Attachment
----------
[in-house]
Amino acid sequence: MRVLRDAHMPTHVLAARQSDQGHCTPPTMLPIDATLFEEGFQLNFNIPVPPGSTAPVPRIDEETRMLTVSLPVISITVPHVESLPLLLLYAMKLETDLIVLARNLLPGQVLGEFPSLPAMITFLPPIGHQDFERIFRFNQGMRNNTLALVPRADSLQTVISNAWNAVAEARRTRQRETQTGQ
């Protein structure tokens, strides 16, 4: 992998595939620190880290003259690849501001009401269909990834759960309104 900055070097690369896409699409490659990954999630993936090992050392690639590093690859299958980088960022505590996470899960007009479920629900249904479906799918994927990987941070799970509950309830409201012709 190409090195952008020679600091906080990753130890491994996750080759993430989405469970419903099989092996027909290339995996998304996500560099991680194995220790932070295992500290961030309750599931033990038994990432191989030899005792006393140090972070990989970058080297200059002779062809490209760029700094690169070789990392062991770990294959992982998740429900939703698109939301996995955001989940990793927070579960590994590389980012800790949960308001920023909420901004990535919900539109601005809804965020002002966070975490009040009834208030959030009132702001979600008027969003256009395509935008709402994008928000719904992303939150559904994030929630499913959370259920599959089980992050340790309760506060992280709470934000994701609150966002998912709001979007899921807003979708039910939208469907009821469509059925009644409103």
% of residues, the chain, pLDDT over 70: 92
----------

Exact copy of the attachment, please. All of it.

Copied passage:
[in-house]
Amino acid sequence: MRVLRDAHMPTHVLAARQSDQGHCTPPTMLPIDATLFEEGFQLNFNIPVPPGSTAPVPRIDEETRMLTVSLPVISITVPHVESLPLLLLYAMKLETDLIVLARNLLPGQVLGEFPSLPAMITFLPPIGHQDFERIFRFNQGMRNNTLALVPRADSLQTVISNAWNAVAEARRTRQRETQTGQ
């Protein structure tokens, strides 16, 4: 992998595939620190880290003259690849501001009401269909990834759960309104 900055070097690369896409699409490659990954999630993936090992050392690639590093690859299958980088960022505590996470899960007009479920629900249904479906799918994927990987941070799970509950309830409201012709 190409090195952008020679600091906080990753130890491994996750080759993430989405469970419903099989092996027909290339995996998304996500560099991680194995220790932070295992500290961030309750599931033990038994990432191989030899005792006393140090972070990989970058080297200059002779062809490209760029700094690169070789990392062991770990294959992982998740429900939703698109939301996995955001989940990793927070579960590994590389980012800790949960308001920023909420901004990535919900539109601005809804965020002002966070975490009040009834208030959030009132702001979600008027969003256009395509935008709402994008928000719904992303939150559904994030929630499913959370259920599959089980992050340790309760506060992280709470934000994701609150966002998912709001979007899921807003979708039910939208469907009821469509059925009644409103």
% of residues, the chain, pLDDT over 70: 92